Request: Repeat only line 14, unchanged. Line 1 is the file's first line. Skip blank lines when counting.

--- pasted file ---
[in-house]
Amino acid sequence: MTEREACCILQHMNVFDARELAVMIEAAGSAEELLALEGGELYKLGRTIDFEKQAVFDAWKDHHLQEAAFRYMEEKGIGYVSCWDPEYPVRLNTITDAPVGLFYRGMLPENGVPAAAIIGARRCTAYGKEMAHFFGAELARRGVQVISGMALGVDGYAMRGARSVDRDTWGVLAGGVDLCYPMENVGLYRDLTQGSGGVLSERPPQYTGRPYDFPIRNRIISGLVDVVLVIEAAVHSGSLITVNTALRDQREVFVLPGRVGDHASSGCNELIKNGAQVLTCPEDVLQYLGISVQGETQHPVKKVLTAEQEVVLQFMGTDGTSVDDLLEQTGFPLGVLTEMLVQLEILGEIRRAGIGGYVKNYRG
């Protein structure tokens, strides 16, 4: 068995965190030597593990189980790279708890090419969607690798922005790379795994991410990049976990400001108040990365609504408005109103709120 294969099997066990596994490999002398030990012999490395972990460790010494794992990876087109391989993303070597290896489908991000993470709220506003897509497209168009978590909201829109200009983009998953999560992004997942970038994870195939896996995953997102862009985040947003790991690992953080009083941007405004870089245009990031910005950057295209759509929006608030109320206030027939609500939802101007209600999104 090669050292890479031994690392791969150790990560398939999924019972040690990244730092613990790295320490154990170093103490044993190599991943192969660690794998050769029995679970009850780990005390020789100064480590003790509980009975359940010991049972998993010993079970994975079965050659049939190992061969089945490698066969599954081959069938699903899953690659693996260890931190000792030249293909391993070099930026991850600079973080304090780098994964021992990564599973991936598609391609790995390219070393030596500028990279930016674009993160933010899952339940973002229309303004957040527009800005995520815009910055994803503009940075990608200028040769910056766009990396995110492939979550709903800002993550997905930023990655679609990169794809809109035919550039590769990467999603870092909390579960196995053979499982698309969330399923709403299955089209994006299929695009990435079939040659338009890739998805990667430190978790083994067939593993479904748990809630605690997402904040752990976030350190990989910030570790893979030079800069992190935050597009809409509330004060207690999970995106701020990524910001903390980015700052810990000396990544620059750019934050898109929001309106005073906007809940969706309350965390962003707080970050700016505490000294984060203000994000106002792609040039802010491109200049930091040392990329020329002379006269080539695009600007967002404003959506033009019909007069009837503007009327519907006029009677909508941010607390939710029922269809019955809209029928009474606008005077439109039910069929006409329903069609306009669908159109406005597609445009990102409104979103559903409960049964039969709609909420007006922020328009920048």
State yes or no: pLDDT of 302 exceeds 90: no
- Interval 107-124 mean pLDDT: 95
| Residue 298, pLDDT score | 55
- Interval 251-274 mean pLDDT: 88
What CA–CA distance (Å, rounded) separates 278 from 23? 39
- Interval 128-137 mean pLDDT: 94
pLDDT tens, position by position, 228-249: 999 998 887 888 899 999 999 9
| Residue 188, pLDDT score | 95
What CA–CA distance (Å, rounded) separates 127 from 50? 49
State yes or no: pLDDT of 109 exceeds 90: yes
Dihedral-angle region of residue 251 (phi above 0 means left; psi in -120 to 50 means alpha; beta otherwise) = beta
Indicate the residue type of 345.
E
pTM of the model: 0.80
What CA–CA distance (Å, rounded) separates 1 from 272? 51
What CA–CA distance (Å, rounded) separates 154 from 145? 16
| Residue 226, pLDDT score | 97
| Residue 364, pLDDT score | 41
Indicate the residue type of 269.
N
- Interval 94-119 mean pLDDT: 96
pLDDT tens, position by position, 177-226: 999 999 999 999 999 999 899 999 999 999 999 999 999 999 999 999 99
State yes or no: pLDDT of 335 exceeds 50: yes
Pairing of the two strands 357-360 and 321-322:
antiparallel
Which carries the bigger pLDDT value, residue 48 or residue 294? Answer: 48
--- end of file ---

Dihedral-angle region of residue 251 (phi above 0 means left; psi in -120 to 50 means alpha; beta otherwise) = beta